Illustrated By Ly Ngo.
In the movie Her, Joaquin Phoenix plays a lonely, borderline pathetic, but really very sweet human who is just as surprised as we are when he falls in love with his computer's operating system. And, the crazy part is, we can't really blame him. His OS (voiced by Scarlett Johansson) is sensitive and candid and has an almost-creepy ability to anticipate his every emotional need.
Okay, so this story takes place in an alternate universe presumably several decades in the future, where virtual reality is in every living room (and everyone in Los Angeles takes public transportation!). But, it seems the technology isn't really as far off as you might think. A recent study conducted by researchers at the University of California San Diego suggests computers are already so advanced that they're better at reading our emotions than we are.
In the study, published in the journal Current Biology, 150 participants were shown videos of people's faces as they either dunked their arms in a bucket of ice water or pretended to do so. The study's subjects had to guess whether each person was actually in pain or not. The results? Pretty abysmal — the subjects only guessed correctly about 52% of the time, which reflects a number of studies that estimate that humans are really terrible at spotting liars.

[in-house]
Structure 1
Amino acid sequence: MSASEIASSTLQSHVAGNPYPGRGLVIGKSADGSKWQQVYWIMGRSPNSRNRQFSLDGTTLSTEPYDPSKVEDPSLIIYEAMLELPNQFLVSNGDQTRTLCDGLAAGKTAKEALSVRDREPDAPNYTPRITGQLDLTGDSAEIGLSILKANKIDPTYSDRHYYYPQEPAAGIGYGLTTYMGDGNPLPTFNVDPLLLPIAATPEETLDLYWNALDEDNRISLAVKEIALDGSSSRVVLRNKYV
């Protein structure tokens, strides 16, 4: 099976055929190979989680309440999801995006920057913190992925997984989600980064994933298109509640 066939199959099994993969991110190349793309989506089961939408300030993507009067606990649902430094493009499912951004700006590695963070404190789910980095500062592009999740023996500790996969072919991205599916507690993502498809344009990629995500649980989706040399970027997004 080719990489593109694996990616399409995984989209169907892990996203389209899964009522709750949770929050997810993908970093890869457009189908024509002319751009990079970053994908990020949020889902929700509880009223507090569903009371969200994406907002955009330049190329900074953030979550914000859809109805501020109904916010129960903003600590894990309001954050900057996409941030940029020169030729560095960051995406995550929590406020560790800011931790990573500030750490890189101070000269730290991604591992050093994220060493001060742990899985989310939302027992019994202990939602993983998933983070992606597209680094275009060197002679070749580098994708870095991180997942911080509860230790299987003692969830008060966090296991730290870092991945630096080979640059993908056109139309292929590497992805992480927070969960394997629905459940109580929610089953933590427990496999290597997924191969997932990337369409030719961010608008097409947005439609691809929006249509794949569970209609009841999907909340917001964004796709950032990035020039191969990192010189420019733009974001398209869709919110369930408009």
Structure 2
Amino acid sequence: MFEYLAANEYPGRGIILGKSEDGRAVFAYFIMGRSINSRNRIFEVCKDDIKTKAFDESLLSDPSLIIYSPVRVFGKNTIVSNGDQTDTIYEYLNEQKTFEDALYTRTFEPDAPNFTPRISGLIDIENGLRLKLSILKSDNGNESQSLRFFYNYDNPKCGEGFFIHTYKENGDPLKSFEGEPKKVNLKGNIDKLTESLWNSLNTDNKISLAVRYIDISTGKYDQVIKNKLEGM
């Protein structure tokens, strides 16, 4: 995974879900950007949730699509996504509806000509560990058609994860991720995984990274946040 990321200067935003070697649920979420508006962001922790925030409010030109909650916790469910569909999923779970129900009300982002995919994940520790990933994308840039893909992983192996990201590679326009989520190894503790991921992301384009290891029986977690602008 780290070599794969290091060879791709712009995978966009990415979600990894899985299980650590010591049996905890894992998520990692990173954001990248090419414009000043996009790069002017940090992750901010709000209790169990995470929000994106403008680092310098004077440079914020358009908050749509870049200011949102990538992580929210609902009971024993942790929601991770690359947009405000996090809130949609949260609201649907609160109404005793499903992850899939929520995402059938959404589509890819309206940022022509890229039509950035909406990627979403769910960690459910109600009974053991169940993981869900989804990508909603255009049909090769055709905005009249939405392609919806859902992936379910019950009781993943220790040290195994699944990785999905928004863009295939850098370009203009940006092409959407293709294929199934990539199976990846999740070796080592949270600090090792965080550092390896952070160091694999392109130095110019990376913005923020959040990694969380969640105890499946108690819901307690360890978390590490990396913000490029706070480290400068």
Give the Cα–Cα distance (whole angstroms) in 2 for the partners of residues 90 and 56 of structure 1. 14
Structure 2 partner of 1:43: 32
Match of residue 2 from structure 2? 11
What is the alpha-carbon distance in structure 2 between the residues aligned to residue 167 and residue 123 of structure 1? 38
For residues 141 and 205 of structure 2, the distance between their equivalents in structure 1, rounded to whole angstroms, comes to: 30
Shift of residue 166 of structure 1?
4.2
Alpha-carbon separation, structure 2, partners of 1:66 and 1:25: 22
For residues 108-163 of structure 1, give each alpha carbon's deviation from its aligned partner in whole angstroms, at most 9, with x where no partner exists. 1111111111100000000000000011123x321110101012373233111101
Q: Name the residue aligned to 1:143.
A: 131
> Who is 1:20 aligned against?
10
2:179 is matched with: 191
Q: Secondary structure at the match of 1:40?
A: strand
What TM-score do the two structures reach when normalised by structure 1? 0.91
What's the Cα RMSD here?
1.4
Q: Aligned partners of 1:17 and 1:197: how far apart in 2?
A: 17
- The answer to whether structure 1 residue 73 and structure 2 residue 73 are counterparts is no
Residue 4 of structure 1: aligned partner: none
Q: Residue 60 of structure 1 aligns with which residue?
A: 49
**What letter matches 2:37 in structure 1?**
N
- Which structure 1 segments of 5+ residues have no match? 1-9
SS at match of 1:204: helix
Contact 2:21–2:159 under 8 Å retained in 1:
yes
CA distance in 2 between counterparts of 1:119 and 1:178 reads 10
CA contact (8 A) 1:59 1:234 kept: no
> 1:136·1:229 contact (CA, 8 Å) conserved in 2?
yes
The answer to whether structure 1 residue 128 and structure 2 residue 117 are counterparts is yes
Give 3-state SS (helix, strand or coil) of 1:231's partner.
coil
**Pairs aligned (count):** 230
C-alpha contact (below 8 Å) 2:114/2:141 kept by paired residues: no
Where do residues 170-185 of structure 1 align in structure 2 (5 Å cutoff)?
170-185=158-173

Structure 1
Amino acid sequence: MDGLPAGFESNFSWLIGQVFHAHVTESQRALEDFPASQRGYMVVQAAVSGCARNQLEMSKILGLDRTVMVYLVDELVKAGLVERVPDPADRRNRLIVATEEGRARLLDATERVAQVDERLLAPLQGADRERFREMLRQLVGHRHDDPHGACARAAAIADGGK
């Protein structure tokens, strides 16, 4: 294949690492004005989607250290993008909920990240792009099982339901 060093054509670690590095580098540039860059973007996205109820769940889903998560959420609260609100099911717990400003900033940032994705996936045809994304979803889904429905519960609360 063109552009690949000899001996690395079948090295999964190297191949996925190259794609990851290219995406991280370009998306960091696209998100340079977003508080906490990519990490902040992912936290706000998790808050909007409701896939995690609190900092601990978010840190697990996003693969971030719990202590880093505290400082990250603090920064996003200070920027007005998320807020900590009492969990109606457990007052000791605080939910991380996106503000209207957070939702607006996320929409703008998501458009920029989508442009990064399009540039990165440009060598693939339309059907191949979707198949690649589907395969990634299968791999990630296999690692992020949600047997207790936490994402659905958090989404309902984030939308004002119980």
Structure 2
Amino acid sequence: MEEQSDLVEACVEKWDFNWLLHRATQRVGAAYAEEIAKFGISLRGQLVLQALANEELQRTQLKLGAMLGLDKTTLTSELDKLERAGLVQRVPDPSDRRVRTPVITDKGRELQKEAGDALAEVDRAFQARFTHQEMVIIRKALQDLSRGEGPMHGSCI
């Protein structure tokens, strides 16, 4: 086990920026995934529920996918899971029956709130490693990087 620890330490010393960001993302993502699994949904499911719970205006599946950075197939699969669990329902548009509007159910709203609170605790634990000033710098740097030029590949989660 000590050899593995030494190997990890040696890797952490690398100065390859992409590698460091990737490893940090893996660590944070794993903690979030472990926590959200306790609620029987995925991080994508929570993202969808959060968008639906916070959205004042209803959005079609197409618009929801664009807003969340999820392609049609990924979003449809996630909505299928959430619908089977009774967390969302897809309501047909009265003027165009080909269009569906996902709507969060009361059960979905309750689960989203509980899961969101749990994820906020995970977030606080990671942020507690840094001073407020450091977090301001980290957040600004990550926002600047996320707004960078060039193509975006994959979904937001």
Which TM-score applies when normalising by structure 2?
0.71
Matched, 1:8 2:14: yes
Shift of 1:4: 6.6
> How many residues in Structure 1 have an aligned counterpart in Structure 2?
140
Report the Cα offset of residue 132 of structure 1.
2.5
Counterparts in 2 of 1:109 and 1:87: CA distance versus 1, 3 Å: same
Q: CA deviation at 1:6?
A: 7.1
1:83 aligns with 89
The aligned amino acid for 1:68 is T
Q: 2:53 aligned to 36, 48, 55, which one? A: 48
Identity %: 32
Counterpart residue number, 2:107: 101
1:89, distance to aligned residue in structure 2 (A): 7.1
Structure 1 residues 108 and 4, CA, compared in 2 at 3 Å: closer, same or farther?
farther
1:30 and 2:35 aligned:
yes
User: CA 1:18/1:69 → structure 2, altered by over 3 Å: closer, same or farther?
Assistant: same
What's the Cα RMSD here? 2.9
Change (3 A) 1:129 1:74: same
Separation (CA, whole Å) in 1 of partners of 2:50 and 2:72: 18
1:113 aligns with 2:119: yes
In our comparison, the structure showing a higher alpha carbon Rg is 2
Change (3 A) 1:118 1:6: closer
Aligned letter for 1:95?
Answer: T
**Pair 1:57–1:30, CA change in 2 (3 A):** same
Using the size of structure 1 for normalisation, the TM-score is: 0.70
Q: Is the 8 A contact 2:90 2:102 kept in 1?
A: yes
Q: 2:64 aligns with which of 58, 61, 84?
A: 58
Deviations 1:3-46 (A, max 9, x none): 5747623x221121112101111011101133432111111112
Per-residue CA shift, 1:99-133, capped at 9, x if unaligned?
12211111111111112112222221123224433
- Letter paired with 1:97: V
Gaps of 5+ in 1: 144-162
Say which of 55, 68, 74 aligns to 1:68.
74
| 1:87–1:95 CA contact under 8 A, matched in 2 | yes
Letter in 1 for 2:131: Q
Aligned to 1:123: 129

Next, the researchers showed the same videos to computers outfitted with special software designed to recognize human emotion. Surprisingly (or not?), the computers did much better than the people, correctly differentiating between the fakers and the ice dunkers about 85% of the time.
According to the study's authors, this is a pretty big deal — and it marks a turning point in the development of facial-recognition software. The key to the computers' success is their recently acquired ability to determine exactly which muscle groups are being used when someone makes a facial expression: Apparently, we use a different set of muscles when we're trying to make a particular face from the muscles that are activated when we're genuinely happy, frightened, or in pain.
When you think about it, the craziest part of Her was that the operating systems developed their own feelings — they were sensitive, emotionally intelligent creatures that were a lot like their human counterparts. Until now, of course, computers have been "smarter" than humans; what really separated us from them was that we have emotion, something we thought couldn't be programmed. But, if computers are better at reading emotion than we are, what does it mean to be human? Is it just a function of being confused about how we (and others) feel? That's it — we officially need a Her sequel to process all of this. Paging Spike Jonze... (Pacific Standard)